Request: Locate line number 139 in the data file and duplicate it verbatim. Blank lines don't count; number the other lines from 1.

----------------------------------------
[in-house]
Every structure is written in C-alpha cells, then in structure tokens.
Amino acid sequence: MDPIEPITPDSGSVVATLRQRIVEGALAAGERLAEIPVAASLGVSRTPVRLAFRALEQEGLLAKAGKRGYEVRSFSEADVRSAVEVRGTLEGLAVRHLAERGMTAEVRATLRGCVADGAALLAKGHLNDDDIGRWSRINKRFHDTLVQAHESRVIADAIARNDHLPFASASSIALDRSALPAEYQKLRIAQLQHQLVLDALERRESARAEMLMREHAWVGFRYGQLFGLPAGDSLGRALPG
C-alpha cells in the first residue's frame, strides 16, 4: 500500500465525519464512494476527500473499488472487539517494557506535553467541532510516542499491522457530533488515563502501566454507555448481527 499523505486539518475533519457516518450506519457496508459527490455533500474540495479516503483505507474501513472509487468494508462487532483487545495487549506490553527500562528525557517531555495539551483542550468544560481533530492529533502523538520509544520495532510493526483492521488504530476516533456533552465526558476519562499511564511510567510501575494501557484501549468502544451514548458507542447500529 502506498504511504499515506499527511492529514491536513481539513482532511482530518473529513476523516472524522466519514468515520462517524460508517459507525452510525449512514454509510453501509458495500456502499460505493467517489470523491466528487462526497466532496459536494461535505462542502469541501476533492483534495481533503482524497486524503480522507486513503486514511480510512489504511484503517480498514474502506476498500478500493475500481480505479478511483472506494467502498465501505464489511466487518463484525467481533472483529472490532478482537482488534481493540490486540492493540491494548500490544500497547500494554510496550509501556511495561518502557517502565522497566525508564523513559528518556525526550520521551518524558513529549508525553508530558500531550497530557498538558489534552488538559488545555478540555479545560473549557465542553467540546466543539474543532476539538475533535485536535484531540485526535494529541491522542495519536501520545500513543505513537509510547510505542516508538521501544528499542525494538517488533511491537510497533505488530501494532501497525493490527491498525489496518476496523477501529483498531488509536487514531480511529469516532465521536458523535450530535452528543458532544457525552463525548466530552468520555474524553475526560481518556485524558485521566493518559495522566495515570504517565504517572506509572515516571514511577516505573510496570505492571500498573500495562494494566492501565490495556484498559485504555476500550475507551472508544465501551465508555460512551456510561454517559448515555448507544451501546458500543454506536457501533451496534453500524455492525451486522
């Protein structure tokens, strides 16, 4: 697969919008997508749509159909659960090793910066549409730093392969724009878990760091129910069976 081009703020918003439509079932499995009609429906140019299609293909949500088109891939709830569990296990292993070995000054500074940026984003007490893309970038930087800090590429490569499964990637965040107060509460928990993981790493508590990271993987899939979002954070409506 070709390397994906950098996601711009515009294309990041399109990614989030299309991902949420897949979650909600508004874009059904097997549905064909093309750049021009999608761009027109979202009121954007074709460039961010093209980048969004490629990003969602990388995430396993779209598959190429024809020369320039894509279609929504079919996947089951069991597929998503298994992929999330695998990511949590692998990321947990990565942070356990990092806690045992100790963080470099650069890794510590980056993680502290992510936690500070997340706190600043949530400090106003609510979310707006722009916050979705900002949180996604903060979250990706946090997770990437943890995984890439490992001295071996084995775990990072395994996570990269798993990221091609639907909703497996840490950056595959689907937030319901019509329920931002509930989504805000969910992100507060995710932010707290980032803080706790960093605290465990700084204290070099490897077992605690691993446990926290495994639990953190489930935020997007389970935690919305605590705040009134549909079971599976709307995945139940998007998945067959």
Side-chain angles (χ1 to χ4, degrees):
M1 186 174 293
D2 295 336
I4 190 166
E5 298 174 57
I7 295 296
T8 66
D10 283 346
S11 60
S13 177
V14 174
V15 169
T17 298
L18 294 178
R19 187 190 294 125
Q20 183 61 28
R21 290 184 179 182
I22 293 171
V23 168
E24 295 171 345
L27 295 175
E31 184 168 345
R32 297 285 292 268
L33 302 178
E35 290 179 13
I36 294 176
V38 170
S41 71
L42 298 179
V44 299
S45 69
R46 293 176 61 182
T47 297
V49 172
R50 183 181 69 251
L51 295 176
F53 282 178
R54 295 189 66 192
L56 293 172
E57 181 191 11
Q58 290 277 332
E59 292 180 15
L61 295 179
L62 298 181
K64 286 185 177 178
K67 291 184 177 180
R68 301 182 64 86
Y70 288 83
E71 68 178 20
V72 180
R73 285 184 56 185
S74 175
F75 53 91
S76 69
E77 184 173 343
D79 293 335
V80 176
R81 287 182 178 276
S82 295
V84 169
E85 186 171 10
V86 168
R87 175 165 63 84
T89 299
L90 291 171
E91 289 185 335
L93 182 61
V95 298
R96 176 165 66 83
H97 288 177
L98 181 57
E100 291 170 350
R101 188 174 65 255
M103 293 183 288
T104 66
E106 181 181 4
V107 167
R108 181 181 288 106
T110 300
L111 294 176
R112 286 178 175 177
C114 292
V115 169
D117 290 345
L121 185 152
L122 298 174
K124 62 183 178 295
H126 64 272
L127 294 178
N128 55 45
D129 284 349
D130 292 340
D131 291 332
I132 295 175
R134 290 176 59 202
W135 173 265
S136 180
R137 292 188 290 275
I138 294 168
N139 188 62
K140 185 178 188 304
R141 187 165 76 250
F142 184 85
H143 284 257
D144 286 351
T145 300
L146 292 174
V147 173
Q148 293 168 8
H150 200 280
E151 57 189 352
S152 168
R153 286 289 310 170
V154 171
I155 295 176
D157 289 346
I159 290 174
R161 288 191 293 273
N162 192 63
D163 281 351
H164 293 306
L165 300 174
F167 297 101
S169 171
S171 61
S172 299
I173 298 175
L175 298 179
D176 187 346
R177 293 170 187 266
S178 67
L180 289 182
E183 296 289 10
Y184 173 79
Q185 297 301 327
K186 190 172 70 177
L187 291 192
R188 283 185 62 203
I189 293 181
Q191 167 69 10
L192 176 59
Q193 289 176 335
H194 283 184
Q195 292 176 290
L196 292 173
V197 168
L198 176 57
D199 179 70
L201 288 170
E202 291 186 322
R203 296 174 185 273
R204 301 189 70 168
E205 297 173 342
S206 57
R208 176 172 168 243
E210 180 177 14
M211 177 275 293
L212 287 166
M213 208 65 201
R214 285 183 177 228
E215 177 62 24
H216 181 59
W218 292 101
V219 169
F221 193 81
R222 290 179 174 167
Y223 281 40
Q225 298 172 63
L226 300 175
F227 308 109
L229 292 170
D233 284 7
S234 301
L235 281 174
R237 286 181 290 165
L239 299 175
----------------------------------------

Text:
Y184 173 79